Why do the boys of Big Bang play with their masculinity? How are they able to do so? One theory that a Communication professor of mine presented to me is called the Theory of Culture Industry. The theory was formulated by two critical theorists, Theodor Adorno and Max Horkheimer. In their book Dialectic of Enlightenment, they have a chapter titled ‘The Culture Industry: Enlightenment as Mass Deception.’ The duo argues that popular culture is like a factory producing standardized cultural goods, whether that be through film, magazines, radio, television, etc., to manipulate the people into a state of passivity. No matter how difficult someone’s economic situation, people are content from the easy pleasures of popular culture and consumption. From this theory, we can say that the reason masculinity in Korean popular culture is played around with is simply because they have the economic means to do so. Because they have all that they need to construct this malleable depiction of masculinity, they go ahead and take advantage of their resources. They implement these resources to create their unique sense of masculinity and to therefore influence the people who consume this media.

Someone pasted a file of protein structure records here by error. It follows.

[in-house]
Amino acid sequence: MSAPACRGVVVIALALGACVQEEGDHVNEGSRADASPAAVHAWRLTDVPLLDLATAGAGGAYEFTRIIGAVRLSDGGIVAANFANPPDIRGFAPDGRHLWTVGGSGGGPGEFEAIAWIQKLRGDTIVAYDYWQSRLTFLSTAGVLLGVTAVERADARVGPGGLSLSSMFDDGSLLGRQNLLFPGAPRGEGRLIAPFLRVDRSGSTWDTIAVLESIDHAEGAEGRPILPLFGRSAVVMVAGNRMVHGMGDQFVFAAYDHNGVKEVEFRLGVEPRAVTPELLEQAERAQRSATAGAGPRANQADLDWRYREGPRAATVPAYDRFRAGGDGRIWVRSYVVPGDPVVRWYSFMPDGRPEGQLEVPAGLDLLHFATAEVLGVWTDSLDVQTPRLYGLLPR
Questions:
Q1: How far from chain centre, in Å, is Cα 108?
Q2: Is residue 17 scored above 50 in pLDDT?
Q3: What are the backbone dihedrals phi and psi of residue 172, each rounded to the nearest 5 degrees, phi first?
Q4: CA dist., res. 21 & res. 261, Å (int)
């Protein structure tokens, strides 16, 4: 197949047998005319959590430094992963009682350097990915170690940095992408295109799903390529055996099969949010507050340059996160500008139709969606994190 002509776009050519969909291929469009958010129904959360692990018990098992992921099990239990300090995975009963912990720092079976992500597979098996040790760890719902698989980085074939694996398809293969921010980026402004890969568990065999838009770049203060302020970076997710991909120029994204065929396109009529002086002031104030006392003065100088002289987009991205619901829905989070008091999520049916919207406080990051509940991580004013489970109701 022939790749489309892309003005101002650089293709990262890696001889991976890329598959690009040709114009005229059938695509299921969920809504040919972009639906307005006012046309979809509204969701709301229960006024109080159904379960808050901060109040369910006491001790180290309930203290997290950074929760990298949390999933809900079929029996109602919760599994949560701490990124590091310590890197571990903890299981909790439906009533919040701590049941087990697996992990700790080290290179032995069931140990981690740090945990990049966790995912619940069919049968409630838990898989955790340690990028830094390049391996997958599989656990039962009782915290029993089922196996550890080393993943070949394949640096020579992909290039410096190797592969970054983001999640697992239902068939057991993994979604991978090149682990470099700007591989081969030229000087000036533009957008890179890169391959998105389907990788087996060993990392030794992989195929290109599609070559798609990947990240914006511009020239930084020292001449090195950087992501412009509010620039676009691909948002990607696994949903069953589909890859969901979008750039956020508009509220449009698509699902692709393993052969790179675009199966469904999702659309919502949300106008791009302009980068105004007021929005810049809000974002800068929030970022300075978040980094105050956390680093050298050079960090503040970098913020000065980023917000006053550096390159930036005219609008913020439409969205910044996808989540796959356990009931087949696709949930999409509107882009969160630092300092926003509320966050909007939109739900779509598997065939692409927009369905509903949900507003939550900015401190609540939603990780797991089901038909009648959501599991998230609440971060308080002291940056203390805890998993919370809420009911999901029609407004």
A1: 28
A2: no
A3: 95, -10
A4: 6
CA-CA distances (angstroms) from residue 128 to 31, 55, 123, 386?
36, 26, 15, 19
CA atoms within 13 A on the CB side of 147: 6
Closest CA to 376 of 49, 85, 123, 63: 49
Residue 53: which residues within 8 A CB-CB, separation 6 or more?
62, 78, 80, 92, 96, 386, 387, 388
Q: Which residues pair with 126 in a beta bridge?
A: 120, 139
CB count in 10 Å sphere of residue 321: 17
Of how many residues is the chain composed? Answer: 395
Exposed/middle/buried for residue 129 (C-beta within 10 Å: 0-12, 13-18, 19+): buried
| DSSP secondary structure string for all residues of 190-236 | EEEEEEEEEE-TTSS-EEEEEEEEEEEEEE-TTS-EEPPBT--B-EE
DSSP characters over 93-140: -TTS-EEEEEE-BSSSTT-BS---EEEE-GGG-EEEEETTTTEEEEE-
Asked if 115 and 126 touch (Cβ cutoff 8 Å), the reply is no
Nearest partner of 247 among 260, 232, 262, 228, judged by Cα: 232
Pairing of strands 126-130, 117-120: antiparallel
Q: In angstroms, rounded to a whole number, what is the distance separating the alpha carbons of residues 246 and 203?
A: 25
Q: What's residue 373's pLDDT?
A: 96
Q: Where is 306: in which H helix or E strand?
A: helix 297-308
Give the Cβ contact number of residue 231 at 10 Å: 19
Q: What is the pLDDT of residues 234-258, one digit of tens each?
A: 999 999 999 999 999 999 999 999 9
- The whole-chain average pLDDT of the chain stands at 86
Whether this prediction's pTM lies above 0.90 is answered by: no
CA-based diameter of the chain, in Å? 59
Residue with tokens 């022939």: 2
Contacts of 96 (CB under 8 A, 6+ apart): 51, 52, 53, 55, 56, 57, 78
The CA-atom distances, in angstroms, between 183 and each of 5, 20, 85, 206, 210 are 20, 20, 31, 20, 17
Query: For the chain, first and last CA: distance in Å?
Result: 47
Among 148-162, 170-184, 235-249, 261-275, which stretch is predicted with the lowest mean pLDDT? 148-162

But why is Korean popular culture different from that of other countries? Aren’t there countless other countries that we could say the exact same thing about? Take the United States for example: we definitely have all of the products and have enough money for our singers and other celebrities to be able to do the same. But there definitely isn’t the same level of malleable masculinity in American popular culture as there is in Korean popular culture. So what makes Korea different? One of the reasons I think Korea has utilized their resources so much is because they are fairly new to the country. A little bit of background on Korean history can help us understand this.
Before WWII, Korea was one country, and has been for thousands of years. After WWII and the subsequent Korean War, Korea was divided into North and South. The technologically-advanced, affluent South Korea that we know today was nonexistent 60 years ago. The economic boom in South Korea didn’t really start until about 30 years ago. So, South Koreans have not had an overwhelming amount of resources for very long. Different types of clothing, accessories, makeup, etc., is affordable and readily at hand today. Because everything is somewhat new for them, that might be why masculinity is constructed the way it is. If they have the means, why not use them? This is a theory that I think has validity when applied to Korean pop culture. What do you think?